John: Right, CDR was a tough omission for me here. In the end I think it came down to the fact that I don't know how to alphabetize his name. Well, that and shaky free-throw shooting (from a Memphis player--it's true!). Think I'll go with Jerryd Bayless. This year JB was able to achieve results on offense that were similar to CDR's, but Bayless did it as a freshman and with a supporting cast that was a notch below the one around Mr. Douglas-Roberts.
Ken: The other thing to keep in mind here is that Bayless played against the toughest opposition in the nation. His game is more well-rounded--he can score more consistently from the perimeter and also has the toughness to score off penetration. Lastly, Bayless rates as a very good distributor. True, CDR can't really do that, since his team's offensive scheme basically prohibits such actions.
Honorable mention here goes to Davidson's Stephen Curry, for reasons made plain enough over the past few days. This year Curry made 55 percent of his twos and 44 percent of his threes all while taking a whopping 566 shots and not exactly being a secret to opposing head coaches.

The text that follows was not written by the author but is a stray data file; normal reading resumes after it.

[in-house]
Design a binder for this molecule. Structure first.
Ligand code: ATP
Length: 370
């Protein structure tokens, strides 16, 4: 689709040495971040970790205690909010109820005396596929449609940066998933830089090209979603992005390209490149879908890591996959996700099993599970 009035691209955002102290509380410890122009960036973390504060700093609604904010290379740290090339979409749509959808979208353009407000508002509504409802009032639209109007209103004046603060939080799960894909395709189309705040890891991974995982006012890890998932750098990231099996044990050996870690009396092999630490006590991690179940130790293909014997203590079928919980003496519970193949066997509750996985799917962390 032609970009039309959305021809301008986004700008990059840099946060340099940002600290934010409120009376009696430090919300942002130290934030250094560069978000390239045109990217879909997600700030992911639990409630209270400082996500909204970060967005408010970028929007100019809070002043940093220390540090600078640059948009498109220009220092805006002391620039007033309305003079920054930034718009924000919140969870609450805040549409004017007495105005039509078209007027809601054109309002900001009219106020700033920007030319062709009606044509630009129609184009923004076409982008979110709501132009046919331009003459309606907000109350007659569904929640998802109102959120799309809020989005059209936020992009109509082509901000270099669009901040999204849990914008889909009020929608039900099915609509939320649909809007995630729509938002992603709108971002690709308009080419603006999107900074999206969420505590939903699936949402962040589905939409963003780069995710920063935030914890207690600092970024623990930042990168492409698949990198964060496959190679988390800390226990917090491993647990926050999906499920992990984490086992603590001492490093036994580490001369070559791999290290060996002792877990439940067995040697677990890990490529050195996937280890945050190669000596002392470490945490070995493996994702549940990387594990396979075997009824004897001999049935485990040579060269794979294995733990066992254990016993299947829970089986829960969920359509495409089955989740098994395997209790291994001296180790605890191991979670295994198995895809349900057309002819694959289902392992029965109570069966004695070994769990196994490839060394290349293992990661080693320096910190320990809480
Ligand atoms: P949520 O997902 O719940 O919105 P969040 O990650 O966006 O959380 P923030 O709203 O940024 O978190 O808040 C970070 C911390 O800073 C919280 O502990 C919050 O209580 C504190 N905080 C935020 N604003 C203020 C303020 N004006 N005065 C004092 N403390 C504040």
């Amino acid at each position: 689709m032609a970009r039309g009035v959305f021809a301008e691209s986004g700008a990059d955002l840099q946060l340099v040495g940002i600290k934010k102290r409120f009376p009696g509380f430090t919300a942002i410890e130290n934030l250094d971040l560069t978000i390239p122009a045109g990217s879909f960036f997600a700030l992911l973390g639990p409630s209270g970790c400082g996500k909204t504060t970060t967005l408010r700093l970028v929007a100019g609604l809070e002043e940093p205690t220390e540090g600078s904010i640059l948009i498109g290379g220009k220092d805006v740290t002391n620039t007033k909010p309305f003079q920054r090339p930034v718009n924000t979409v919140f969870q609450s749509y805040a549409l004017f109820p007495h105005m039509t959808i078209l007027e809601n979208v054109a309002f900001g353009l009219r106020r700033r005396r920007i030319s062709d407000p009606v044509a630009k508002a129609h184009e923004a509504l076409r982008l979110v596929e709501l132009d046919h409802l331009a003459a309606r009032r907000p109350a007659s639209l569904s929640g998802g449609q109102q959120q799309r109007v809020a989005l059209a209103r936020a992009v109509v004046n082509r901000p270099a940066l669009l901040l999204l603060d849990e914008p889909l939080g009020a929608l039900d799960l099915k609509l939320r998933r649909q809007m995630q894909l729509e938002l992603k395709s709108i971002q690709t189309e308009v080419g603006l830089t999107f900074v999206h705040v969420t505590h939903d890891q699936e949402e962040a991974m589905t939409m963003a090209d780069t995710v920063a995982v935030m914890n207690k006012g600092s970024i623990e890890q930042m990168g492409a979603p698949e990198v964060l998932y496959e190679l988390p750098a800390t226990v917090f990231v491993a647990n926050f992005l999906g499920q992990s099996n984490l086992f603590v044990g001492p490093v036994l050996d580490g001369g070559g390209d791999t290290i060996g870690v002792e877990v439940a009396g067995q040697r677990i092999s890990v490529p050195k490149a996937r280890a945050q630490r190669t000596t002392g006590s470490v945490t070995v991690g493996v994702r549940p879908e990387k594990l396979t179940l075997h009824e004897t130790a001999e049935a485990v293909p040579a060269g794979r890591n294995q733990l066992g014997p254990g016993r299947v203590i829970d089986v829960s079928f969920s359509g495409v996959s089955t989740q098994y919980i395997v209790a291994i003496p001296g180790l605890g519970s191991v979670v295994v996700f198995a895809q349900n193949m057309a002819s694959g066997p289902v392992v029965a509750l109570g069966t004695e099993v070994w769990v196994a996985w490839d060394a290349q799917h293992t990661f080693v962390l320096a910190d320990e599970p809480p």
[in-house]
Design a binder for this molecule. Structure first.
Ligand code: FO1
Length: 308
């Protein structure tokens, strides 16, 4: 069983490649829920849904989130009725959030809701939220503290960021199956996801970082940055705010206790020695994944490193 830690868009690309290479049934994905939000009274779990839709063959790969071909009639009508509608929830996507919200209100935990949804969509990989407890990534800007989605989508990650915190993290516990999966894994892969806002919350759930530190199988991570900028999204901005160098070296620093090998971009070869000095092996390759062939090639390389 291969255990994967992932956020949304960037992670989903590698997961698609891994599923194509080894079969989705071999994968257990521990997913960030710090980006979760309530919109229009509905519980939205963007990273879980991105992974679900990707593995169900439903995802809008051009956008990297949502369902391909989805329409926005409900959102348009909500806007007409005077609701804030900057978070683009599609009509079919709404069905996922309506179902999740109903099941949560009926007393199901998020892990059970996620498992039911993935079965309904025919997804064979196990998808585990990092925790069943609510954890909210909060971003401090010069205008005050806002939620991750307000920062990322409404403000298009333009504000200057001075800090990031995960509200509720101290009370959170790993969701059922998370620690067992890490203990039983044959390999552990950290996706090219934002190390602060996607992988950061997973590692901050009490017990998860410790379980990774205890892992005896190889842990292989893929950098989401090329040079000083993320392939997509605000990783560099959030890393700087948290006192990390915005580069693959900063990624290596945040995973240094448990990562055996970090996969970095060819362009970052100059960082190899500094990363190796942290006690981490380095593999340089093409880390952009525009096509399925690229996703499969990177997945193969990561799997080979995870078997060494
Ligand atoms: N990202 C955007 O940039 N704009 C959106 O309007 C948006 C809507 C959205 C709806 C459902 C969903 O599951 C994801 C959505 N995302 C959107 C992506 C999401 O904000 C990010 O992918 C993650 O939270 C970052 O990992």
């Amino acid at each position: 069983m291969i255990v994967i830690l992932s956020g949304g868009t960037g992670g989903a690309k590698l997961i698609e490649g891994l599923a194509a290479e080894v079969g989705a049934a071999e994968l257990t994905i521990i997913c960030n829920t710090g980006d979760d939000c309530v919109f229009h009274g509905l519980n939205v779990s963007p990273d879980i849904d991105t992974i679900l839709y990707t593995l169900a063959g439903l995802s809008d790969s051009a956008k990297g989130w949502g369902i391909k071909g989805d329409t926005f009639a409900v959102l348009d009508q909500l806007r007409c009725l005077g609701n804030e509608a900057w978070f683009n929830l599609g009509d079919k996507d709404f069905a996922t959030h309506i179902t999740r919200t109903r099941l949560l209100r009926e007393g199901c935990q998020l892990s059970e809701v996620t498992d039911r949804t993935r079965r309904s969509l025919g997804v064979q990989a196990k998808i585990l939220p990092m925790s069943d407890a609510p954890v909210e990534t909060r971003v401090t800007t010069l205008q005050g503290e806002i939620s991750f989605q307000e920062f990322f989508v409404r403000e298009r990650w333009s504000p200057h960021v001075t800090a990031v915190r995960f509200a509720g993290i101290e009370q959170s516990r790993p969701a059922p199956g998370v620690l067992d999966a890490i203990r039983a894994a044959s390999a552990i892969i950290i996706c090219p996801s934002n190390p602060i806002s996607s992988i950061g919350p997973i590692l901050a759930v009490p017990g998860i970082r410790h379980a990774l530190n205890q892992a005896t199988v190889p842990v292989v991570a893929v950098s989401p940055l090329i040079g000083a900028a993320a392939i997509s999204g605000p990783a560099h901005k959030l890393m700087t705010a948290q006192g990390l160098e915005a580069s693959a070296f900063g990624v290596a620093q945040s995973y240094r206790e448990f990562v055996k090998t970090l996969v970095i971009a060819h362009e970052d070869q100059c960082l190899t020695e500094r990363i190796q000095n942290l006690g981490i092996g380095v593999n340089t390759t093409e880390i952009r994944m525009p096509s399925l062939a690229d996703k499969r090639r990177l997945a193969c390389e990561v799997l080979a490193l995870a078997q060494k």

John: Alright, then: Augustin, Bayless, Beasley, Hansbrough, Love. Got it.
Yes, Curry's game against Gonzaga will surely go down in the tournament annals. It was like a time capsule from the Pete Maravich/Austin Carr era: total individual domination by a not terribly tall guy.
Speaking of guys not known for their vertical inclination, I know you keep a close eye on the Frances Pomeroy Naismith Award every year. For anyone just tuning in, Ken is obsessed with this particular doorstop because it combines his last name with that of the sport's founder in an actual award, given to the nation's best senior who stands no taller than six feet. Anyway, that announcement should be forthcoming soon, right? Who's out front?
Ken: Thanks for asking, John. The Pomeroy Naismith Award is one shrouded in secrecy. There could be a press release any day announcing the winner. If that winner is anyone but Singletary, I'll petition the NABC to remove my name from the award.
I've also had many e-mails asking me who will be the pre-season favorite for next season's honor. I can't respond to each one individually, so I'd like to announce right now that next year's favorite is Texas' A.J. Abrams.